4. Can I afford to move out there?
You may look at the prices of property online and feel you can afford to buy. In Spain, you need to add on roughly 7-10% of the asking price to cover taxes, etc. Also, many estate agents will charge between 3000 and 4000 euros to help you negotiate the deal. Make sure you check that out up front. You will need to provide a deposit, which is non- returnable, and that is paid as soon as your offer is accepted, usually before you have time to have it surveyed – if you can find a qualified person to do it….
Can I afford to live there?
If you buy into one of the complexes on the coast, you will get a reasonably clear idea of costs – how much your maintenance fees will be, etc. If you buy privately, you need to ensure that you have a valid, up-to-date set of deeds and you need to read it through thoroughly and if in doubt have it checked by a lawyer. Many expats have found out too late that part of their home is owned by another party, or that there are clauses in the deeds limiting their rights.
You also need to be aware that once you have signed, in Spain, you are liable for any outstanding debts on the property, and this can be for hundreds or thousands when it comes to old electricity
bills or household tax. In short, you need to ask all the right questions and/or have a very astute lawyer, one you have verified is trust-worthy, and that is likely to be expensive!
What if I become seriously or terminally ill?
This was written before Brexit. Double check everything!!
You need to decide before you move out what your plans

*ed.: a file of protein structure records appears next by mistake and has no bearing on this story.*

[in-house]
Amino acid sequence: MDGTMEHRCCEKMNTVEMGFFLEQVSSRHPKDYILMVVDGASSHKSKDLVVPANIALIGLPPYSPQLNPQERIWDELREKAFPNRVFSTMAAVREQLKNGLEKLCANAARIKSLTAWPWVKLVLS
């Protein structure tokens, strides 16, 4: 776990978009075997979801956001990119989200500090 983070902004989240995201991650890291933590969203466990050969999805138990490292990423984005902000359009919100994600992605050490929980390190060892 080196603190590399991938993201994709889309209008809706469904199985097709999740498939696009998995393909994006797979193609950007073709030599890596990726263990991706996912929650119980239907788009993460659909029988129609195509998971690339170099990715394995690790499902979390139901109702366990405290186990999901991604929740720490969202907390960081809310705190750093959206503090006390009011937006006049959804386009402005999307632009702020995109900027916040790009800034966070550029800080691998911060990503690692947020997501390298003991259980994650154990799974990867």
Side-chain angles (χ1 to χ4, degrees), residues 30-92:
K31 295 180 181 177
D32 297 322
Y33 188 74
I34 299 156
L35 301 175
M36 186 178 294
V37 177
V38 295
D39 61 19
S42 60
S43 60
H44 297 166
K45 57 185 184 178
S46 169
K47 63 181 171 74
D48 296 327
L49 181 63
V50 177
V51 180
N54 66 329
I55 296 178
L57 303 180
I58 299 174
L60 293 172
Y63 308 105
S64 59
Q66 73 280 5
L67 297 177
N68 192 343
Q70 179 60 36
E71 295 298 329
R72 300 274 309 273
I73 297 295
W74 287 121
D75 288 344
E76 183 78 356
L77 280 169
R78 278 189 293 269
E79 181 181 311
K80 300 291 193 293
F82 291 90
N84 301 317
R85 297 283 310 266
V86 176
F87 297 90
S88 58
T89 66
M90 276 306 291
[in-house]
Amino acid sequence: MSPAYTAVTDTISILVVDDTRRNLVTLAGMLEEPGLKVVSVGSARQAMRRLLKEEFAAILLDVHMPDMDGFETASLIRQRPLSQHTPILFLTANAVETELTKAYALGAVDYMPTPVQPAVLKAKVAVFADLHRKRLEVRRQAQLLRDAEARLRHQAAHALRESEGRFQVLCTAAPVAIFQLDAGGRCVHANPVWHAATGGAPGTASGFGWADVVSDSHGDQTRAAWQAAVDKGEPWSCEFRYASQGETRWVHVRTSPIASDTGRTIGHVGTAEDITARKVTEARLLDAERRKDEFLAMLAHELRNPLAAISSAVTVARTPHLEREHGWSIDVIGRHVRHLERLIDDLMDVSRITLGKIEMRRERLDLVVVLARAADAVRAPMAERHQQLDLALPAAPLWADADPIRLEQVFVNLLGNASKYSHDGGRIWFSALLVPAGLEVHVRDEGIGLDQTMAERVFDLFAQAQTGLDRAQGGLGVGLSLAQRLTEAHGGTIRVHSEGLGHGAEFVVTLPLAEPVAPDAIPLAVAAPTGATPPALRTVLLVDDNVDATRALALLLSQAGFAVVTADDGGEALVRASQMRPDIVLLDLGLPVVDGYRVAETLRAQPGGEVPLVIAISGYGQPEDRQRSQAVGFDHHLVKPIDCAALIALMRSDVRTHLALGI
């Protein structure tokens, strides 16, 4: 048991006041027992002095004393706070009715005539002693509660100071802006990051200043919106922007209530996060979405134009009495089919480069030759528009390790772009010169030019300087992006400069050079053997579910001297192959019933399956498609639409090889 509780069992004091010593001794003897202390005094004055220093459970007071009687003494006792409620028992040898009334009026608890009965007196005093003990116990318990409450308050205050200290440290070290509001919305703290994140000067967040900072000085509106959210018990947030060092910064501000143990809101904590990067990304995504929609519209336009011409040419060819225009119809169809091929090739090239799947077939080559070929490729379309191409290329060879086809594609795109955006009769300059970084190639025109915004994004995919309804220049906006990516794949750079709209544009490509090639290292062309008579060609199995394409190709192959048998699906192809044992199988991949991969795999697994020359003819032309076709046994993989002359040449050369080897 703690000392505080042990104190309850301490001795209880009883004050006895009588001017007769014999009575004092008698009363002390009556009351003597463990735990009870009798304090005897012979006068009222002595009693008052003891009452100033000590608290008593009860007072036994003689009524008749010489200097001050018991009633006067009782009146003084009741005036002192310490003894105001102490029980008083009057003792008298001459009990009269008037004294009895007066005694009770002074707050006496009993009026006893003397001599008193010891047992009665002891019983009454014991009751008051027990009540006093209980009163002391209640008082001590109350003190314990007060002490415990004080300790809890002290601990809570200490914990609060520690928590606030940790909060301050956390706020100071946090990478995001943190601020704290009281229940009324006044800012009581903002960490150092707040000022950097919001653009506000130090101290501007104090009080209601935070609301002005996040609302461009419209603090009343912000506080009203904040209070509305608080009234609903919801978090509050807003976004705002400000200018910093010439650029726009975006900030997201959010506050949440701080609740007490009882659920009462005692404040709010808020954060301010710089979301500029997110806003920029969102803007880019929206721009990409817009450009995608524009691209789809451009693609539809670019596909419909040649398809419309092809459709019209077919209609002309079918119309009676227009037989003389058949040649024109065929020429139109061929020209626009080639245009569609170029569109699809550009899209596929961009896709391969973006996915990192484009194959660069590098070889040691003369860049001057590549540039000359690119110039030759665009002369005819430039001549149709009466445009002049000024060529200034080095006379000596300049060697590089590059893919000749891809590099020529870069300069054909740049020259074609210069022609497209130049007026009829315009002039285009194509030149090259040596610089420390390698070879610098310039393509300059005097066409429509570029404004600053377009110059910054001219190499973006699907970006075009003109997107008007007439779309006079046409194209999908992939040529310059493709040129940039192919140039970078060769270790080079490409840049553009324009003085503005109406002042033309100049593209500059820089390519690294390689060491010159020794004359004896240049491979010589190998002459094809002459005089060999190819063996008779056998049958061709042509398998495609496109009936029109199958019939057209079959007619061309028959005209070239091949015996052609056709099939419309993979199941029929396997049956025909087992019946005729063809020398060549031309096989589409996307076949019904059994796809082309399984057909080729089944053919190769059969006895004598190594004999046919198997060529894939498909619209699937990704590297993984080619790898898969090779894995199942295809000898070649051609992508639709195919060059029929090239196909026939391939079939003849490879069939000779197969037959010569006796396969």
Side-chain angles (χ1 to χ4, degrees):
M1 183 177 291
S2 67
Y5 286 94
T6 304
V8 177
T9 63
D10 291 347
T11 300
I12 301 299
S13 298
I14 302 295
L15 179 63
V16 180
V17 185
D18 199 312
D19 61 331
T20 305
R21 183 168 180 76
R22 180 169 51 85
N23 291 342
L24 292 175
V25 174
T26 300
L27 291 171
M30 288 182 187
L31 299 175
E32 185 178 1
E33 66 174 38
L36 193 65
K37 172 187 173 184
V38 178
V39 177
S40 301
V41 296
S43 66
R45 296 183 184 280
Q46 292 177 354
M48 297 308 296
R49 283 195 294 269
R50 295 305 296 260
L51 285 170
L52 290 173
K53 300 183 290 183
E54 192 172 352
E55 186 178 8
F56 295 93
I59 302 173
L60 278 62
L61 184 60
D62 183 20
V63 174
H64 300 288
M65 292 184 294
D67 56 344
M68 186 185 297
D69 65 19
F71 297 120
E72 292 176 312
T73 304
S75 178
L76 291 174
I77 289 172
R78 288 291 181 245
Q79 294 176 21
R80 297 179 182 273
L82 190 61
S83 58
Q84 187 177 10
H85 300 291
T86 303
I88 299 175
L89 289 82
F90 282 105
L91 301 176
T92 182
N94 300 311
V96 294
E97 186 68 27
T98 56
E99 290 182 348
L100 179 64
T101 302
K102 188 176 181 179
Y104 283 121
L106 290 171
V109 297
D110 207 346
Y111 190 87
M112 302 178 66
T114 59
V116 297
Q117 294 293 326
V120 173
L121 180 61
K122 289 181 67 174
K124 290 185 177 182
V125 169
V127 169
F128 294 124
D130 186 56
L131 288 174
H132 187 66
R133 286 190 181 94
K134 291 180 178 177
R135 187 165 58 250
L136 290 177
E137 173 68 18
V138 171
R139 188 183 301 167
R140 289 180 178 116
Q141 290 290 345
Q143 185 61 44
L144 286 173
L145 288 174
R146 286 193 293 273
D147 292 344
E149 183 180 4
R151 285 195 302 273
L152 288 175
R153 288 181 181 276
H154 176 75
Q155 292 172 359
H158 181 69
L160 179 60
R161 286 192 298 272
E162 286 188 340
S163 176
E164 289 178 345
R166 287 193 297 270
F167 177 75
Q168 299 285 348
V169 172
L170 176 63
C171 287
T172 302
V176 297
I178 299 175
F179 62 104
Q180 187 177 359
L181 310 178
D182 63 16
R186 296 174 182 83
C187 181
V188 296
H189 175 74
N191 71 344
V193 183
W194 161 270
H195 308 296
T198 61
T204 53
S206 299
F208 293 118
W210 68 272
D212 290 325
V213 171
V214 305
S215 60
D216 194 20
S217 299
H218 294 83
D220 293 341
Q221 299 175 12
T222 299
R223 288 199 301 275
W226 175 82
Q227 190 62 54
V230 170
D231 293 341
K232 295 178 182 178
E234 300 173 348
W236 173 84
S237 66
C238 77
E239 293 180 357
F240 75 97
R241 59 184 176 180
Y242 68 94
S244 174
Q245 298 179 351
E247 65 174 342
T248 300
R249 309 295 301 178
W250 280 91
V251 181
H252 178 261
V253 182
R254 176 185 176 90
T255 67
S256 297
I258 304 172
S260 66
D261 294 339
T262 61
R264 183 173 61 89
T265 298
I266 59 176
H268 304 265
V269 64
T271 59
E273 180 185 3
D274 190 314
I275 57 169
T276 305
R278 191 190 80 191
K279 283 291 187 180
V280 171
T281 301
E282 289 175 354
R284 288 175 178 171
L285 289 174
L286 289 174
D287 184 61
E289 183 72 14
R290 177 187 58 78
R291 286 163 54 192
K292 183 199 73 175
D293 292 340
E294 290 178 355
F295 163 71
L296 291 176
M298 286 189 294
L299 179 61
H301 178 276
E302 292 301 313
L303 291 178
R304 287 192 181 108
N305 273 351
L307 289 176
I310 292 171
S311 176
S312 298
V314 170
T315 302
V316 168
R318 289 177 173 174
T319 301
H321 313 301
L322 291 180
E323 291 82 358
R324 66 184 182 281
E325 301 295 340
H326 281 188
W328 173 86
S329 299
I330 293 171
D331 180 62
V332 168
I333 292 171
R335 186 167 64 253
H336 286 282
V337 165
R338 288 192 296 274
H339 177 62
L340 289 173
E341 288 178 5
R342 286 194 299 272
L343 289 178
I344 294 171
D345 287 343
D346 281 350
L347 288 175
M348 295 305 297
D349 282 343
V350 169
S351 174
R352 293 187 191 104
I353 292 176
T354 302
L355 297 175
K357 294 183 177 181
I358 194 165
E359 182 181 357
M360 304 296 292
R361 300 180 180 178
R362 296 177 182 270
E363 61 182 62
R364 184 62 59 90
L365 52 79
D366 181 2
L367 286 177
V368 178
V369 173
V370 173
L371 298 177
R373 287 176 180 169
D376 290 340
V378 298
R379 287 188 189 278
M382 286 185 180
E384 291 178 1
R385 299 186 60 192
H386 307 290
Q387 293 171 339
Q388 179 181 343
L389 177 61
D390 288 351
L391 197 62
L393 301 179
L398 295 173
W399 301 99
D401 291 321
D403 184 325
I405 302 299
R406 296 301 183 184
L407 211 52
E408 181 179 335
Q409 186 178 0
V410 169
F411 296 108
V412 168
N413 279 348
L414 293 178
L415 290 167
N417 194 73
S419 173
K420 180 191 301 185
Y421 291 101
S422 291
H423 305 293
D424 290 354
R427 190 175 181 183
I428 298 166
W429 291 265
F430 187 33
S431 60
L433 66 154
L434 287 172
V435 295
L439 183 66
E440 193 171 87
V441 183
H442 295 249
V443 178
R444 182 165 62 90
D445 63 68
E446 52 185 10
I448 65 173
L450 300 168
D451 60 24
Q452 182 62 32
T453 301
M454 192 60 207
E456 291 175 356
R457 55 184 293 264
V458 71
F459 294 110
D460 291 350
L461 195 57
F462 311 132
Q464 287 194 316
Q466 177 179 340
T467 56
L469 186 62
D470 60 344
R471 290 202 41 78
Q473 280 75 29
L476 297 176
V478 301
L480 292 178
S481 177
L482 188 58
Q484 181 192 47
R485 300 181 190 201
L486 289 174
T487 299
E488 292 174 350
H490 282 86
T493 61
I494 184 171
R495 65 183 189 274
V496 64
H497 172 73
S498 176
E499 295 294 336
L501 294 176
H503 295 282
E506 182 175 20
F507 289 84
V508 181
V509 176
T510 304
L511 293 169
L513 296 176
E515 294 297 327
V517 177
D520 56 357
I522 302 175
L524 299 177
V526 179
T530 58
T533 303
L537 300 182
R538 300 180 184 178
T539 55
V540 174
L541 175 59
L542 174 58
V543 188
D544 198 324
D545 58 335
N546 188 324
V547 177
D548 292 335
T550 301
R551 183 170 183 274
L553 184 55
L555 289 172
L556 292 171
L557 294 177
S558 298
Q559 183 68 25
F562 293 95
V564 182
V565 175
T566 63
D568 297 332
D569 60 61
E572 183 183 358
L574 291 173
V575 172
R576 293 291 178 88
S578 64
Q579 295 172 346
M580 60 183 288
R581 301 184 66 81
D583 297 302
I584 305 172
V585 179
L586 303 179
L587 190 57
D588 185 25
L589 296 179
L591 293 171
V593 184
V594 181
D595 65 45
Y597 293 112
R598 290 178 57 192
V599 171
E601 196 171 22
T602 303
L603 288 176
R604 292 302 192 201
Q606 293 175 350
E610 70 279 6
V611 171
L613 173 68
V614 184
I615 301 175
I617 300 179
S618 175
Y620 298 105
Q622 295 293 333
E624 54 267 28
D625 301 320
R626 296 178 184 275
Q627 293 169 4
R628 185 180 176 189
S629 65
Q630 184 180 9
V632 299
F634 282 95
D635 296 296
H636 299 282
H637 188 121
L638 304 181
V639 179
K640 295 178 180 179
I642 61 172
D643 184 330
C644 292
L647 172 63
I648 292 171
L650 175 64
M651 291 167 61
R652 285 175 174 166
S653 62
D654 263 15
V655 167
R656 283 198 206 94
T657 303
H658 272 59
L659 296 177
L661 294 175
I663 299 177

are for healthcare. If you live 6 months or more in Spain each or any year, you are technically resident there and not eligible for health care in Britain. If you are under the age of 65 you will not be able to claim free healthcare in Spain unless you are employed in Spain and/or you or your employer are paying your national insurance.
If you are over 65, receiving a UK state pension, there is a reciprocal agreement whereby you register with the Spanish Social Services and get the same as in Britain.Check out the situation about moving your healthcare from Spain to the UK should you become terribly ill and want to return home.
What happens when I become older and frail or need support?
Where you choose to live may be influenced by this question. Is it wise to live 6 or 7km out along a dirt track to the nearest village, where there is only a doctor visiting, say, twice a week? This is not such an issue if you are younger and in robust health, but can create insurmountable problems when you are older, as you become less able to get about. It makes sense to check local facilities, buses to the nearest hospital if you need outpatients care, and, if necessary, flying times to the nearest hospital, should an emergency occur…
Do I feel I can learn a new language? Is it necessary?
It is always helpful to speak as much as possible of the local language. In areas away from tourist centres, it is almost essential, although usually you can find someone living nearby who can translate for you. This will usually require payment on your part since that is how the translators make their living..You need to fill in forms, talk to the bank, query your council taxes, consult the doctor, apart from mundane things like going to the butcher’s, etc.
But take heart, we have found that if you are prepared to try, the local people will bend over backwards to try to help you, and it is amazing what can be done with a few key words and lots of hand signals!!